The Leeds and York Partnership NHS Foundation Trust is hoping to raise millions of pounds by selling off some of its surplus property amid an ongoing row over the sale of NHS assets.
Data from the NHS shows the trust is planning to dispose of four sites totalling 14 acres which it says it no longer needs for local healthcare provision, all of which are currently being used for patient care.
The trust estimates that three of the sites have a combined market value of around £2.8 million but didn't provide an estimate for the remaining property.
Between April 2017 and March 2018, NHS trusts in England declared over 1,670 acres of land and property as surplus to requirements, which have an estimated combined market value of more than £220 million.
However, only 40% of sites have been published with an estimated price, suggesting a total value of more than half a billion pounds.
Properties still in clinical use that are to be put up for sale include mental health clinics, ambulance centres, nursing homes and hospitals.
Labour has accused the Government of overseeing a "secret fire sale" of NHS assets in order to plug gaps in funding.
But the Government says it is a necessary step towards solving the housing crisis.
Since 2011, the Department of Health and Social Care has been tasked with selling enough public land for more than 40,000 homes to be built, the vast majority of which will be on land owned by individual NHS trusts.
The Leeds and York Partnership NHS Foundation Trust estimated that around 209 homes could be provided on the land it wants to sell, although the NHS does not keep records on how many homes are actually built after the point of sale.
In 2017, an independent, Government-commissioned report on the NHS estate recommended a number of new incentives to encourage trusts to speed up land sales.
These included increasing charges for those that don't sell surplus property and blocking them from accessing funds for capital spending.
Capital spending is money trusts spend on maintaining, improving or acquiring buildings and other assets.
For the last four years the DoH has transferred money from this budget into the pot for day-to-day spending.
The NHS trade association NHS Providers says a lack of access to this cash has put trusts under pressure to raise funds by alternative means, including through land sales.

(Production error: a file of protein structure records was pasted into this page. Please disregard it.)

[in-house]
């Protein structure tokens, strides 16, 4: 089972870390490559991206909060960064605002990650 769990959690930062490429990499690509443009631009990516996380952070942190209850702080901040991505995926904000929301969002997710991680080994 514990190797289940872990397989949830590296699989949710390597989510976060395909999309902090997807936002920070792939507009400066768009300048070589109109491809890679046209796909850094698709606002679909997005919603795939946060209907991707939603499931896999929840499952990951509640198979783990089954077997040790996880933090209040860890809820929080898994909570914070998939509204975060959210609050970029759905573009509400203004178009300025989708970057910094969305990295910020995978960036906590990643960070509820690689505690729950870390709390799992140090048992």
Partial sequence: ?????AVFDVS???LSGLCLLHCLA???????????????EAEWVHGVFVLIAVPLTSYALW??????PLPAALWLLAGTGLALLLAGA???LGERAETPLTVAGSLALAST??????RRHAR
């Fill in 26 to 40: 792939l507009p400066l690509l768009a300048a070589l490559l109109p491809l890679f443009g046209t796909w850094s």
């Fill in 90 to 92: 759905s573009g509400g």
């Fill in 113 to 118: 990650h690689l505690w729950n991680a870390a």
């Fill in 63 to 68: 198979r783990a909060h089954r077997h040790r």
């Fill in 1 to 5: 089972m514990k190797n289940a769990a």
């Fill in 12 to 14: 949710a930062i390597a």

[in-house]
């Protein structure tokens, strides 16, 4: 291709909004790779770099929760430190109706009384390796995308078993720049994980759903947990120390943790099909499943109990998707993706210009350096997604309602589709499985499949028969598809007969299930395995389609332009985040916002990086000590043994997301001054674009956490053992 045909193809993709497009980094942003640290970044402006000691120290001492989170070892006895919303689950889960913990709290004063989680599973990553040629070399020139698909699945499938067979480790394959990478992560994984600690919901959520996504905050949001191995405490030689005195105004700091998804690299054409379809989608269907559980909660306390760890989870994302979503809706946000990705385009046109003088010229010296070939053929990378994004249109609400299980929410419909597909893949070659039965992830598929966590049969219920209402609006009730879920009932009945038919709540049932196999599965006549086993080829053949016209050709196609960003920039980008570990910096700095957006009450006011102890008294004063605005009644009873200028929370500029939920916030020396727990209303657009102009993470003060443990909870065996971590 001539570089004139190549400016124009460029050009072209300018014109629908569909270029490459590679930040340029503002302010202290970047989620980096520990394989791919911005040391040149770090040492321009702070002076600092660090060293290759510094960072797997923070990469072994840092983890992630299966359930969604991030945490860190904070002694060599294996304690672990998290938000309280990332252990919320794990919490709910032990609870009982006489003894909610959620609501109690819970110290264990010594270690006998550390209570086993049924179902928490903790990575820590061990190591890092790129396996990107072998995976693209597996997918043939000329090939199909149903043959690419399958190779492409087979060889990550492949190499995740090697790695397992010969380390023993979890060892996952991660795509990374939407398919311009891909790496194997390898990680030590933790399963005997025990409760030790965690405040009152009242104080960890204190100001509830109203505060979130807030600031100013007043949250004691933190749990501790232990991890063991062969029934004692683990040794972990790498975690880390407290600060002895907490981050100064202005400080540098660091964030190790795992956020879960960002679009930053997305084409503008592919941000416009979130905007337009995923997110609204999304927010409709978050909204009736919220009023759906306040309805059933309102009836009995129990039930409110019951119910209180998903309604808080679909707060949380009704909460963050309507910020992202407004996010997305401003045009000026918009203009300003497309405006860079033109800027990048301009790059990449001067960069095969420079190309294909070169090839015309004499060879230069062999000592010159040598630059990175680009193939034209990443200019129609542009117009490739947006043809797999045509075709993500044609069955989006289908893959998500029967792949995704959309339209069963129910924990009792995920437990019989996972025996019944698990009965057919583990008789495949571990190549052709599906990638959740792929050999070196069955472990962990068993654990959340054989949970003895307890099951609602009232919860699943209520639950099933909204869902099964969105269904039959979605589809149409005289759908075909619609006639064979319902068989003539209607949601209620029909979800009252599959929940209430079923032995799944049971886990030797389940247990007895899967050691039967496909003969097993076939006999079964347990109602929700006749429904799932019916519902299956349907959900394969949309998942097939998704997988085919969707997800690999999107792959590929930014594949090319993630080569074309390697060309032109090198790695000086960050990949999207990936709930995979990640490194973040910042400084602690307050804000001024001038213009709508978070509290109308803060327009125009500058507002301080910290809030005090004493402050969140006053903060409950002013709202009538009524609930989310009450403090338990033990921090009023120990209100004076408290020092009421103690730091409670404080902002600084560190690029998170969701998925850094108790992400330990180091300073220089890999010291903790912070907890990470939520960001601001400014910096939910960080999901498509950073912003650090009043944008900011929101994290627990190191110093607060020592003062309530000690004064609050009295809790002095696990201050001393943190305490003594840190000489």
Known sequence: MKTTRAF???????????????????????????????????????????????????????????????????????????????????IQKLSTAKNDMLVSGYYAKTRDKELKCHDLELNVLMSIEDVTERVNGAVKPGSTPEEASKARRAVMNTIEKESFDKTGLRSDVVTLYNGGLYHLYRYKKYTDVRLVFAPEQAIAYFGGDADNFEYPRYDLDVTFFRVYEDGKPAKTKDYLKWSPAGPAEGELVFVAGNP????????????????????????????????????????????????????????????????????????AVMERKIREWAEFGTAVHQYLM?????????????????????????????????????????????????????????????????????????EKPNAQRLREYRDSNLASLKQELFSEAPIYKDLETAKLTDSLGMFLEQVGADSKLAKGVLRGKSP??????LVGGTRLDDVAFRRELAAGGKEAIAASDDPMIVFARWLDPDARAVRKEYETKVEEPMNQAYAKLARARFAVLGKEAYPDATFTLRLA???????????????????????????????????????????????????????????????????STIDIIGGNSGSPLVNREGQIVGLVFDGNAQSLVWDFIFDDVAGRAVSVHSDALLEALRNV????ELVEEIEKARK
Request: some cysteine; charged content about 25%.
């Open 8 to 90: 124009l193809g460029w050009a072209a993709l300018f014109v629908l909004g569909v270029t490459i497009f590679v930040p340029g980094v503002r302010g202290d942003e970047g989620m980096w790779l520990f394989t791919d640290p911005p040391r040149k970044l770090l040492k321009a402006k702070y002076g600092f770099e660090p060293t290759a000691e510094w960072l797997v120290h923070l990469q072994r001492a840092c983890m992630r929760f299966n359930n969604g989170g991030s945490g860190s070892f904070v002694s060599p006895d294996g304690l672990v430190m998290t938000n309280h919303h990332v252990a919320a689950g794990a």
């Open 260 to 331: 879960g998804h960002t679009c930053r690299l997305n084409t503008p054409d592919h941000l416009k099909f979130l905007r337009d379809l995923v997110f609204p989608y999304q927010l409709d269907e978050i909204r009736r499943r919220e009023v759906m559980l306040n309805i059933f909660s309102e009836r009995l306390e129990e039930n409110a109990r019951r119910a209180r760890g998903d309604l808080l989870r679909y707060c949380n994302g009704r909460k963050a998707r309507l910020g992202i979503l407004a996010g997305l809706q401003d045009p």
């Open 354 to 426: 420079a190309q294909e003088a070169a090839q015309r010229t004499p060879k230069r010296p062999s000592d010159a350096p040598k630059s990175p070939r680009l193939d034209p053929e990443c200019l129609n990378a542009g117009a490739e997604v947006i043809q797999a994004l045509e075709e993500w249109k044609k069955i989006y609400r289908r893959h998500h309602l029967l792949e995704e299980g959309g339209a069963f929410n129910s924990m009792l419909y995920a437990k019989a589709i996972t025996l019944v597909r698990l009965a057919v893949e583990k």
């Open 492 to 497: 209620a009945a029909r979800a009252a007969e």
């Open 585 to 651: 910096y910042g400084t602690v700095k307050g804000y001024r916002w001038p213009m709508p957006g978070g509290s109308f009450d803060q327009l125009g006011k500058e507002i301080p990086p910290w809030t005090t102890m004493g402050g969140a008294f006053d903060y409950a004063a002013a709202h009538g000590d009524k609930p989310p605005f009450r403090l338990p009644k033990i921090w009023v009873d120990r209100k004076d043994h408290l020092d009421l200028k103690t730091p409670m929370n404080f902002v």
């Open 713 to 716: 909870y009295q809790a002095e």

They have called on the Government to ensure trusts have the resources they need to maintain and improve their facilities.
The British Medical Association added that the drive to sell could compromise patient care.
They said it was vital to safeguard the NHS from “perverse short-term financial incentives” that could see the NHS estate reduced to a level insufficient to meet future needs.
But Helen Buckingham, director of strategy and operations at independent health think tank the Nuffield Trust, said it was wrong to assume that trusts were only selling land as a result of funding shortfalls.
"It is easy to conflate troubling financial times in the NHS with trusts being forced to sell, but the idea of trusts selling off surplus land is not new," she said.
"There genuinely is a lot of surplus land in the NHS.
"We think trusts should think carefully about whether selling is the right thing to do, but that doesn’t mean it is the wrong thing to do.
"Sometimes you can exploit this land for long-term income, so sales are not the only thing that trusts should be thinking about.
"Land sales can benefit the bottom line but it’s a one-off and not a long-term solution."
The Department of Health and Social Care said it was committed to making taxpayers' money go further.
A spokesman added: “We have been clear that NHS land should only be sold when it is surplus and local NHS leaders decide it is no longer needed for future clinical use.
"Trusts which have chosen to dispose of surplus land are reinvesting the money on improving patient care in modern and upgraded facilities and creating new homes - including for NHS staff."